Prince Andrew Navy: Why is Prince Andrew called a Falklands hero?
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Prince Andrew is the second son of the Queen and Prince Philip, who is eighth in line to the throne behind his elder brother Prince Charles, his sons and their children. Prince Andrew stepped back from his working role within the Royal Family last year amid backlash regarding his connection to the late convicted paedophile Jeffrey Epstein. But why is Prince Andrew called a Falklands hero?
Prince Andrew, 60, is the third child and second son of the Queen and the Duke of Edinburgh.
He is currently eighth in line to the British throne but was second in the line of succession at the time of his birth.
Andrew currently holds the title of Duke of York, which he was given on his wedding day to Sarah Ferguson.
Prior to becoming a full-time working royal, he worked for two decades serving in the Navy.
Prince Andrew joined the Royal Navy in 1979.
He enrolled at the Royal Navy College Flight, undergoing pilot training until he was accepted as a trainee helicopter pilot.
Andrew signed on for 12 years from May 11, 1979, and was appointed as a midshipman in September of the same year.
He then entered the Britannia Royal Navy College in Dartmouth, and during 1979 he completed the Royal Marines All Arms Commando Course where he received his Green Beret.
Prince Andrew was commissioned as a sub-lieutenant in September 1981 and was appointed to the Trained Strength on October 22.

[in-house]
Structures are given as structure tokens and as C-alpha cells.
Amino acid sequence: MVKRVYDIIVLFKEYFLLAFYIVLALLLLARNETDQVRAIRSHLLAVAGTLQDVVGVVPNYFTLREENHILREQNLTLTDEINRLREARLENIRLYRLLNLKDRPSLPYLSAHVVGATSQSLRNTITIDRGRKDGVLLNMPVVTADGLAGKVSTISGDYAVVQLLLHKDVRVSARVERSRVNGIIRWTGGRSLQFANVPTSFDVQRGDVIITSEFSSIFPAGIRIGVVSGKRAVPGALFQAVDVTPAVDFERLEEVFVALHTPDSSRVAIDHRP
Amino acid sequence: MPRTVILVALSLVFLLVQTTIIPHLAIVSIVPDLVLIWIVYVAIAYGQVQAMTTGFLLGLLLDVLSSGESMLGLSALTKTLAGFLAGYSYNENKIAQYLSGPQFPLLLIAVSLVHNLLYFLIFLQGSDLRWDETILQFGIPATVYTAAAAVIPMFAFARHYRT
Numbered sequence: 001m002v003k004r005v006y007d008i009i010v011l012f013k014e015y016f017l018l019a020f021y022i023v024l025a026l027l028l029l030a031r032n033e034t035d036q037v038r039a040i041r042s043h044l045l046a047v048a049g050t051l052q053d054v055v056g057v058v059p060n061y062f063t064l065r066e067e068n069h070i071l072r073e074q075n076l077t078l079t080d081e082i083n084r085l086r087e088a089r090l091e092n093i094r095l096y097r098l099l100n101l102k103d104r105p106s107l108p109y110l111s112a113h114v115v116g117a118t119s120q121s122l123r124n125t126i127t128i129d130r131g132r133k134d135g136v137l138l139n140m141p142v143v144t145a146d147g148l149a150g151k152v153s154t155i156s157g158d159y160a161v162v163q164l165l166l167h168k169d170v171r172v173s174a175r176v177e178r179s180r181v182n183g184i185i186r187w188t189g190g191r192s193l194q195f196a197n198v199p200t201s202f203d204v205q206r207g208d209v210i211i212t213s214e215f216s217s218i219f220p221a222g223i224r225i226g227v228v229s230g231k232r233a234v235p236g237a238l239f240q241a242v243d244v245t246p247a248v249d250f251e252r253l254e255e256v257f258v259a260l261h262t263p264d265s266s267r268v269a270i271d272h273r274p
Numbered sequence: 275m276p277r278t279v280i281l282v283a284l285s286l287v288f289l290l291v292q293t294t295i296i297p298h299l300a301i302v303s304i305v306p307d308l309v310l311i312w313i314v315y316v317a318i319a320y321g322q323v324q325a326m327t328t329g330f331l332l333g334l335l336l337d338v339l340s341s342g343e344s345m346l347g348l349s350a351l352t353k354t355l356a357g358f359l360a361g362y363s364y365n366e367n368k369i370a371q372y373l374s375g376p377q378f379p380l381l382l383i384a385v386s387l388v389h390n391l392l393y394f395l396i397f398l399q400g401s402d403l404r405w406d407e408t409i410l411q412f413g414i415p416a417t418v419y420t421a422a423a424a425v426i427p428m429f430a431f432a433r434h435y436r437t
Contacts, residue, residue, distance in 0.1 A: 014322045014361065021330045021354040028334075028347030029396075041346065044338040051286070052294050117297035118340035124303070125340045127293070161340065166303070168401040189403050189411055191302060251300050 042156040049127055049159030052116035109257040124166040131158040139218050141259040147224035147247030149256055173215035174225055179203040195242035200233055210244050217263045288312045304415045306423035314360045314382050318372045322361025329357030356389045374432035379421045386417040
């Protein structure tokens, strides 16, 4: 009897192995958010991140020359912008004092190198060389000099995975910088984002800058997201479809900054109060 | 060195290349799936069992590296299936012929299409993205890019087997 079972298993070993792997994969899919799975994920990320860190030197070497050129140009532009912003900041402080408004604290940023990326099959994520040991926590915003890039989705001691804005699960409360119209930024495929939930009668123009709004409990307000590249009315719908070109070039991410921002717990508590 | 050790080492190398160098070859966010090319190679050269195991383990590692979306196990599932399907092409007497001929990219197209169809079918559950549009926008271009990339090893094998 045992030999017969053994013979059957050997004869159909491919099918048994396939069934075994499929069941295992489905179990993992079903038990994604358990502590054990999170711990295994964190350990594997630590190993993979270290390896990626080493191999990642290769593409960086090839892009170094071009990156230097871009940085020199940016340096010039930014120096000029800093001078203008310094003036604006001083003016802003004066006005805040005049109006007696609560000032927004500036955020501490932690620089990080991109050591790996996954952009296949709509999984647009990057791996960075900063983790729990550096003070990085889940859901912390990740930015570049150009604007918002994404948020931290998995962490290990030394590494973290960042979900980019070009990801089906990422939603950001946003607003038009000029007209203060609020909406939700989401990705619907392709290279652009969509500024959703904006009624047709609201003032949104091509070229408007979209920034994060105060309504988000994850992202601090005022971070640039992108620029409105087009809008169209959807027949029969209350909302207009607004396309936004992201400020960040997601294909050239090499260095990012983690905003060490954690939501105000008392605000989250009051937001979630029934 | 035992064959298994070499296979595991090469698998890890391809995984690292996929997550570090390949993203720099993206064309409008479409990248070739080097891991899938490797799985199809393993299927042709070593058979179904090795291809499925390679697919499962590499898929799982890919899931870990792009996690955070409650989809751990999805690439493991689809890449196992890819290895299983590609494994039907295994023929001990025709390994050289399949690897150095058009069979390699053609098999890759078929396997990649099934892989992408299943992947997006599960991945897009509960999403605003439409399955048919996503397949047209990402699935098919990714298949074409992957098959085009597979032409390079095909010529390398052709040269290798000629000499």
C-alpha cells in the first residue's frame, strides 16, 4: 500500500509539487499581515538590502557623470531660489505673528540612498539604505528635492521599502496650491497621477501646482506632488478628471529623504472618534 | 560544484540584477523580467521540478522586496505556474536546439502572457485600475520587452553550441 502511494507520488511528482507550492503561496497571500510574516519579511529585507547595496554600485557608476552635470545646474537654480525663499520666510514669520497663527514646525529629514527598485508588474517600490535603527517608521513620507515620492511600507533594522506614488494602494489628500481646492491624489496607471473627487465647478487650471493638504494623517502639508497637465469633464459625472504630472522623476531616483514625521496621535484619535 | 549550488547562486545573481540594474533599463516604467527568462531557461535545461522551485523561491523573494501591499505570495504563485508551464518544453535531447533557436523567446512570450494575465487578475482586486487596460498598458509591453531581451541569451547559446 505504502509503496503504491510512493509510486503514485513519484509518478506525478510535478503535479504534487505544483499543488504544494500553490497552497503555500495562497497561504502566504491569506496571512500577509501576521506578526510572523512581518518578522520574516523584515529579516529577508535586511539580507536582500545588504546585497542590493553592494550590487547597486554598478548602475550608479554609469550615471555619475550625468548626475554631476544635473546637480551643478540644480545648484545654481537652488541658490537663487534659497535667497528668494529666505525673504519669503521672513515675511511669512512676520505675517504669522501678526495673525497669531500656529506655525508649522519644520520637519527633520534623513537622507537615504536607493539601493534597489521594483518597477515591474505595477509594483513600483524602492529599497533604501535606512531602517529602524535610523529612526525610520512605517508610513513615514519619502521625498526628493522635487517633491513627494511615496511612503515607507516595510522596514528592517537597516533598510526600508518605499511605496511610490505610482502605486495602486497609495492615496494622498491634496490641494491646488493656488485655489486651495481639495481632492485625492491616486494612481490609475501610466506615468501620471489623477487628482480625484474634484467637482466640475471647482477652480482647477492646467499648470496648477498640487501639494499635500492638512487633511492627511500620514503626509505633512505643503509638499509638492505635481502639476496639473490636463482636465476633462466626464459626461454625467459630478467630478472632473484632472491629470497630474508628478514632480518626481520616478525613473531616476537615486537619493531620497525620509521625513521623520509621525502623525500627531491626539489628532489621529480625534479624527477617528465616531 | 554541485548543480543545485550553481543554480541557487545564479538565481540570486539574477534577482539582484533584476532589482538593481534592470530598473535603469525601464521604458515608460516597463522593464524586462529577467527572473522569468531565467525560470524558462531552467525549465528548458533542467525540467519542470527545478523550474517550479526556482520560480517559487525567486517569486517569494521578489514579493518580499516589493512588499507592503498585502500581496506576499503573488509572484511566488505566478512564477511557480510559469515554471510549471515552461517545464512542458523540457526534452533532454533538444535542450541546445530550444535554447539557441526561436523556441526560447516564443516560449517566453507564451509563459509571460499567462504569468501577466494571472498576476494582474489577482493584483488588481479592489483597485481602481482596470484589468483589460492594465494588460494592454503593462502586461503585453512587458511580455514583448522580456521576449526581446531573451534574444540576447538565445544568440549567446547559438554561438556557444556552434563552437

He went on to elementary flying training with the Royal Air Force at RAF Leeming and basic flying training with the navy as HMS Seahawk later.
He was awarded his wings and then he moved onto more advanced training until 1982.
At that time he joined the carrier-based squadron, 820 Naval Air Squadron, serving aboard the aircraft carrier, HMS Invincible.
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But why is Prince Andrew called a Falklands hero?
On April 2, 1982, Argentinian forces invaded the British overseas territory of the Falklands Islands.
Argentina claimed sovereignty over the islands, located in the South Atlantic Ocean, for several years.
The Falklands are 8,000 miles in the South Atlantic, but despite the distance, Britain undertook a mission of assembling and sending a task force of warships and rapidly refitted merchant ships to the Falklands.
At the age of 22, Andrew saw active service as a Sea King helicopter pilot in the Falklands War.
The possibility of Prince Andrew being killed in action made the British Government apprehensive and the Cabinet requested he be moved to desk duty during the conflict.
However, the Queen insisted her son be allowed to remain with his ship.
His service included flying his helicopter as a decoy target, trying to divert deadly Exocet missiles away from British ships, as well as casualty evacuation, transport, search and air rescue, anti-submarine warfare and anti-surface warfare.
Prince Andrew witnessed the Argentinian attack on the SS Atlantic Conveyor which was hit by two Argentine air-launched Exocet missiles, killing 12 sailors.
At the end of the Falklands War, Prince Andrew’s ship Invincible returned to Portsmouth where the Queen, Prince Philip and other families of the crew awaited the vessel’s return.
The Argentine military government reportedly planned but did not attempt, to assassinate Andrew on Mustique in July 1982.
Andrew remained with Invincible until 1983 when he transferred to RNAS Portland.
The Duke of York remained on the Active List of the Navy until 2001 when he retired and began working with the Royal Family.
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